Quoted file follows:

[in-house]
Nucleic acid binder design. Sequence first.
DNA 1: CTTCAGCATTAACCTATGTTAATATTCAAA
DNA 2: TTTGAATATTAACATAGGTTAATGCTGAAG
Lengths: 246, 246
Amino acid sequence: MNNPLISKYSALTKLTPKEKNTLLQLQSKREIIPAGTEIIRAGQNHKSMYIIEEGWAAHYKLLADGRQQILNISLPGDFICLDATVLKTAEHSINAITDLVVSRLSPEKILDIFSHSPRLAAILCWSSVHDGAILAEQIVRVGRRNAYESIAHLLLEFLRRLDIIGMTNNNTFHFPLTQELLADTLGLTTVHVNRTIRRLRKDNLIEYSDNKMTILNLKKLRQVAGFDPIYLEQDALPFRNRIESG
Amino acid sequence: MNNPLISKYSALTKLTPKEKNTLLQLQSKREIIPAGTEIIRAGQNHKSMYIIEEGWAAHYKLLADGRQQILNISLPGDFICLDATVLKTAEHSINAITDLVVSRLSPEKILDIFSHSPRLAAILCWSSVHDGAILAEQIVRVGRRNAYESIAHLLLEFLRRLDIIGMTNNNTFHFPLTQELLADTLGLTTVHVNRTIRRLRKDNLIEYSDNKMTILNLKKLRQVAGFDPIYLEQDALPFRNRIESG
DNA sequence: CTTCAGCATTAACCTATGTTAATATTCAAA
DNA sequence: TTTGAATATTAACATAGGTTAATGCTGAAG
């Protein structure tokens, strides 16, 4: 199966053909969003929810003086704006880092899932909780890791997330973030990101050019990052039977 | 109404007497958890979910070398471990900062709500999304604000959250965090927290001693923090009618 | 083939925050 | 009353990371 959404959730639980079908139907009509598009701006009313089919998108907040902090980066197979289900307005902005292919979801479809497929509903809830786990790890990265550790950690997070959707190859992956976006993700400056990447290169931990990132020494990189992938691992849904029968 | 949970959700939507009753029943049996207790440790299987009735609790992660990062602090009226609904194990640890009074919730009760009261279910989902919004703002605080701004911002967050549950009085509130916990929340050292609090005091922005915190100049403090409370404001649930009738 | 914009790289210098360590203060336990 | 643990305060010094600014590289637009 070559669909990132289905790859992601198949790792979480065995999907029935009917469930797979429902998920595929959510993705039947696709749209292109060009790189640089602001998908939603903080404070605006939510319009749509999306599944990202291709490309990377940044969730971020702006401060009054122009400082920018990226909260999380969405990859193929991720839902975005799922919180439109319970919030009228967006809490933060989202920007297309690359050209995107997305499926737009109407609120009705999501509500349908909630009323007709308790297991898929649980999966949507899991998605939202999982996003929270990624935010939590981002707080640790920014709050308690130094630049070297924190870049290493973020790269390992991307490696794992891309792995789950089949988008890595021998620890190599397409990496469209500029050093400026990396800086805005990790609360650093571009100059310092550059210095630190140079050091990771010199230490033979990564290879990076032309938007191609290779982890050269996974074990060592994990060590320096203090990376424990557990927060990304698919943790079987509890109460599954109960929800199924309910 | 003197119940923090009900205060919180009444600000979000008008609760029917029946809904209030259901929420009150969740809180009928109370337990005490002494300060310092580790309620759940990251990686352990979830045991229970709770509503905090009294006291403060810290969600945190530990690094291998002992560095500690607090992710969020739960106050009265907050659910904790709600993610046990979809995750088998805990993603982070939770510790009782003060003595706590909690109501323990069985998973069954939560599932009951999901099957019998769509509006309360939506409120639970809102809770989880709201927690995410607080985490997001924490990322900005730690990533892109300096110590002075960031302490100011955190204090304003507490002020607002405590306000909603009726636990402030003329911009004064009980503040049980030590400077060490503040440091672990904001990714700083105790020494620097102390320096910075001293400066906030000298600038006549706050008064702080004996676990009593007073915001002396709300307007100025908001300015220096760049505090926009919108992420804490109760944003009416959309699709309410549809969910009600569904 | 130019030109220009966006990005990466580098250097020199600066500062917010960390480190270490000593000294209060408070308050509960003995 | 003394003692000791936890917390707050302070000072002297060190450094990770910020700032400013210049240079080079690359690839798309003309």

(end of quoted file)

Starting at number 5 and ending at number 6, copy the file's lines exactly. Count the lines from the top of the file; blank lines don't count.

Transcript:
Lengths: 246, 246
Amino acid sequence: MNNPLISKYSALTKLTPKEKNTLLQLQSKREIIPAGTEIIRAGQNHKSMYIIEEGWAAHYKLLADGRQQILNISLPGDFICLDATVLKTAEHSINAITDLVVSRLSPEKILDIFSHSPRLAAILCWSSVHDGAILAEQIVRVGRRNAYESIAHLLLEFLRRLDIIGMTNNNTFHFPLTQELLADTLGLTTVHVNRTIRRLRKDNLIEYSDNKMTILNLKKLRQVAGFDPIYLEQDALPFRNRIESG